Artemis glanced sideways at Sarkell. The Raven Guard was reloading, deft fingers dancing over his bolter.
'You speak poison, Word Bearer! Lies and blasphemies, silvered words from a blackened tongue!' Artemis loosed a trio of rounds as he spoke, chipping away at the pew. Splinters of stone hammered against the Word Bearer's twisted armour.
'Relent, cousin! I have no desire to see you slain!'
'Your word is meaningless, traitor! You have broken your oaths, and now you will repent!'
The Word Bearer cursed, then. In one sweeping moment, he drew a razor-toothed Chainsword, revving it. The Marine stood, leaping over the pew. 'Then you will beg for mercy, beneath my feet!'
A black and silver blur bridged the gap between the traitor and Artemis.
Sarkell's falcata lanced up, parting armour, muscle and bone. The traitor gasped once, Chainsword falling from lifeless fingers, and died.
'He talked too much,' Sarkell remarked, slyly.
Before Artemis could reply, the second Word Bearer was upon them. A tremendous backhand, which made the sound of a church-bell, sent Sarkell reeling in the gore. The Raven's helm was broken, pale, red-flecked flesh showing beneath a twisted hole. This Astartes was huge; built like an armoured bear, down to the snout-like faceplate.
Artemis was backtracking instantly, ripping his Chainsword upwards. The Word Bearer parried; stepped closer, swung. Artemis was quick - He was a champion among the Mortifactors, a brutal, uncompromising warrior - But this Word Bearer, this beast, was quicker. Artemis was retreating, through the pews, fighting as he went.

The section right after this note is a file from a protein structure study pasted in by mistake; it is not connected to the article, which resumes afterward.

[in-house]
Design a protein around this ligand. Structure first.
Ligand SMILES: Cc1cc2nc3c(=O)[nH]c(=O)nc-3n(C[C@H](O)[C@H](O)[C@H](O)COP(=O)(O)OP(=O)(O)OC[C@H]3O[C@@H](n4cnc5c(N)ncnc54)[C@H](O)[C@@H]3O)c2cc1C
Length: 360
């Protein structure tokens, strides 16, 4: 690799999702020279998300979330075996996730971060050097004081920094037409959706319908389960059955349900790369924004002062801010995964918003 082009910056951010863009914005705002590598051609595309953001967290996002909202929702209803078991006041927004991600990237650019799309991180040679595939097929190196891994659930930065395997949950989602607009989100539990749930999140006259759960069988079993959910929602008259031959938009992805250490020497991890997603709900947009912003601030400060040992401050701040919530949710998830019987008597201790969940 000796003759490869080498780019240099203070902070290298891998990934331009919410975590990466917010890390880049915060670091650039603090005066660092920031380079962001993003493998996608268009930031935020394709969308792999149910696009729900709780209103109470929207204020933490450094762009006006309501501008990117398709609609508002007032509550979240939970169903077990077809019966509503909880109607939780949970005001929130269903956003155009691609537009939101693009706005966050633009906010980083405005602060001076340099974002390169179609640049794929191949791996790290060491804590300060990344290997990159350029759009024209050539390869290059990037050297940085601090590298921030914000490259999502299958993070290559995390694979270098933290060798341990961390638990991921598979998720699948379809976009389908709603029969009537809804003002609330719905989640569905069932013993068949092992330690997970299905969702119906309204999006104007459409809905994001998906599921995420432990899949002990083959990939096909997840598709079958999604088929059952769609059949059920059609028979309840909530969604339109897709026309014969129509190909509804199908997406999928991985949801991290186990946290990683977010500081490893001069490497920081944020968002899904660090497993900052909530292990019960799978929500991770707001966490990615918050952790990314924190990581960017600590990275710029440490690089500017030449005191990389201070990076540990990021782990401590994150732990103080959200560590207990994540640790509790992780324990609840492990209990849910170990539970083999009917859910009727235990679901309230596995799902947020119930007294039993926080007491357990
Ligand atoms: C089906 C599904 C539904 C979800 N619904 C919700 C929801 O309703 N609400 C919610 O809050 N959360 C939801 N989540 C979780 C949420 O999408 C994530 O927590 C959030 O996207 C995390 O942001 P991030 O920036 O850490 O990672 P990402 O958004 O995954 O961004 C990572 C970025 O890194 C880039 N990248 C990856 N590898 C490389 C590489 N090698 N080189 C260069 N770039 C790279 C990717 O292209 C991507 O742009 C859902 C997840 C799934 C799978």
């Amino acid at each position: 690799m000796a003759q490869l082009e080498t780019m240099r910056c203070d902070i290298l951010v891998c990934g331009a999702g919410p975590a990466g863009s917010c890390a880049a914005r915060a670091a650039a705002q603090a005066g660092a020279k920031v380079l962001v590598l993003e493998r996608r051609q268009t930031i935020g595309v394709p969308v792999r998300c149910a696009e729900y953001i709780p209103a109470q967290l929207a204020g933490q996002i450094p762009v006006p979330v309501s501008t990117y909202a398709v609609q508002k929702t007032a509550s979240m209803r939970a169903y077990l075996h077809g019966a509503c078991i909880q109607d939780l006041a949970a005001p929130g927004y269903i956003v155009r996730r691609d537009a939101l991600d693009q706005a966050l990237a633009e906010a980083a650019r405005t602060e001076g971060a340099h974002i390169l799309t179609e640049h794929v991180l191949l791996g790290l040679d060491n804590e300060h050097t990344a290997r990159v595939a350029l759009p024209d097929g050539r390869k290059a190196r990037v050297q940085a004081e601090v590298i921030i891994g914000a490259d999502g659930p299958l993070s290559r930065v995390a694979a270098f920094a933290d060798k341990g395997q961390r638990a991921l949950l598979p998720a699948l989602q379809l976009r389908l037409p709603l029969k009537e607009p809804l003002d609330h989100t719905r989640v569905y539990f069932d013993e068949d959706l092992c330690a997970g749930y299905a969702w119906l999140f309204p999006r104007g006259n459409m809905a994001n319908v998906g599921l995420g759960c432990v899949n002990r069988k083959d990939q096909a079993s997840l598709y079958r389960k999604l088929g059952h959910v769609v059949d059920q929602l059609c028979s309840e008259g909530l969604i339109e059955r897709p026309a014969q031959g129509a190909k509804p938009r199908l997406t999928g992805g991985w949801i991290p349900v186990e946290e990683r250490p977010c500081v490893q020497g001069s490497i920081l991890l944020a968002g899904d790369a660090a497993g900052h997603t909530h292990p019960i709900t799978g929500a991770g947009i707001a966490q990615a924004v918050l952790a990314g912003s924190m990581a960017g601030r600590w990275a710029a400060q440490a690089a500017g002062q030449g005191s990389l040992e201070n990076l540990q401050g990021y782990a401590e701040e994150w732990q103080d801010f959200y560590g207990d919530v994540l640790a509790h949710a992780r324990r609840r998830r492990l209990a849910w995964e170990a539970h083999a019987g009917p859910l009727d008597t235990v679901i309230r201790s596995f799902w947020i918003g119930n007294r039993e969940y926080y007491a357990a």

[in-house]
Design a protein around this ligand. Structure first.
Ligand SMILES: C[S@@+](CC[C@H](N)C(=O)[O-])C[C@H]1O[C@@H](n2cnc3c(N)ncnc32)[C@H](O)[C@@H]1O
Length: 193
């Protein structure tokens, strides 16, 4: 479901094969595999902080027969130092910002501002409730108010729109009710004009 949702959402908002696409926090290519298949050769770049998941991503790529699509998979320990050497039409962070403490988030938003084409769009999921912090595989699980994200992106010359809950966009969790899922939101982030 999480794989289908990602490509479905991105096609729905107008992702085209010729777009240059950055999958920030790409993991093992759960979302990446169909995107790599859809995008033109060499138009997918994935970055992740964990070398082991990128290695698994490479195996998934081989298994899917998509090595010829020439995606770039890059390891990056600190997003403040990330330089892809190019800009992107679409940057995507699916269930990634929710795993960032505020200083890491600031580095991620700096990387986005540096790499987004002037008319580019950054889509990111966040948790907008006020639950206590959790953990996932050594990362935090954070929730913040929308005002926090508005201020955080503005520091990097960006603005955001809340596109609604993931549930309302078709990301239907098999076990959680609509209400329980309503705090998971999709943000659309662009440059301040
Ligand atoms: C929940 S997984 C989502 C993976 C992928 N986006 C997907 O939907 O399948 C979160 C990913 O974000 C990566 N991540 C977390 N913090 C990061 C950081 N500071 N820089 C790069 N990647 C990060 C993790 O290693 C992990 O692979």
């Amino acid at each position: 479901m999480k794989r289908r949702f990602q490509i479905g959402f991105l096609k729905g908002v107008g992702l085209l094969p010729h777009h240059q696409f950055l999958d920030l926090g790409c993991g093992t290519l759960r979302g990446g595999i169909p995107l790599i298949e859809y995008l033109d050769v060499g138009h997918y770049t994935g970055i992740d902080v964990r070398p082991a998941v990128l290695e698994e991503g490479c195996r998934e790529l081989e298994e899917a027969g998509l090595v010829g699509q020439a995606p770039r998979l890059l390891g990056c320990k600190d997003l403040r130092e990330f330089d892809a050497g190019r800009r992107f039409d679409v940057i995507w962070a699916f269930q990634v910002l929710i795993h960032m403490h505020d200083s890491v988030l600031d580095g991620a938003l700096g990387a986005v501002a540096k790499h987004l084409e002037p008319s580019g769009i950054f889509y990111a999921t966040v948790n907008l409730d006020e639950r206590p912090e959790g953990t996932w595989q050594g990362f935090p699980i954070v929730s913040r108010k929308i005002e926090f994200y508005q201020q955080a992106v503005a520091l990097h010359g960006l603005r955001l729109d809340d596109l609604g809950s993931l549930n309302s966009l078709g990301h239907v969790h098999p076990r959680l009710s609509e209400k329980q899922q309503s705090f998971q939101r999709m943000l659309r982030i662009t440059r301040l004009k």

Where is Leif?
That briefest moment of distraction - A millisecond of thought - Allowed the Chaos Marine his chance.
The Word Bearer's blade, each tooth inscribed with an eye-watering symbol, struck Artemis across the thigh. Armour screeched, twisted and then gave way - A squirt of blood rising from the wound.
'You bastard,' Artemis grunted, through gritted teeth. The Word Bearer laughed, an hollow and cruel sound, and twisted his blade. Artemis felt his flesh mulch and his bone shatter. 'You will pay for that.'
'I think not,' The Word Bearer snorted, his words accompanied by more of the death-laughter. 'You are done, dog. I will wear your skin as a clo-'
Artemis didn't allow the Marine to finish. He twisted on his heel and with both hands drove his Chainsword into the Word Bearer's helm. Artemis punched the Word Bearer away. He slumped over as the Marine's blade slipped from his thigh, gasping in agony. His leg was a mess; a gaping lacuna bored into his hardened hide. But it was healing - The blood clotting and the bone knitting. He would be forever scarred, but it wasn't a mortal blow.
'For Fenris, for the All-Father!'
Artemis's eyes snapped upwards.
Leif was there, swinging his axe, encroaching on Kor Phaerus. The Dark Apostle's hand pirouetted through the air, suddenly robbed of an arm. The girl, terrified, scrambled free - Bolting through the chambers.
Kor Phaerus's eyes glowed. He growled something, voice drowned out by the sound of falling Hive levels, and Leif was enveloped in green-blue flames. His armour shriveled and sloughed. Nothing, not even Leif's enhanced body, could deal with such an onslaught.
He died, screaming.
'Sarkell,' Artemis roared, stumbling to his feet. 'Get the girl, now!'
The Raven Guard complied, lifting the girl over one shoulder.
Artemis glanced one last time at Kor Phaerus, before departing. Leif's melted form, a blistering ember in the blood-soaked chambers, lay at his feet.
I will kill you.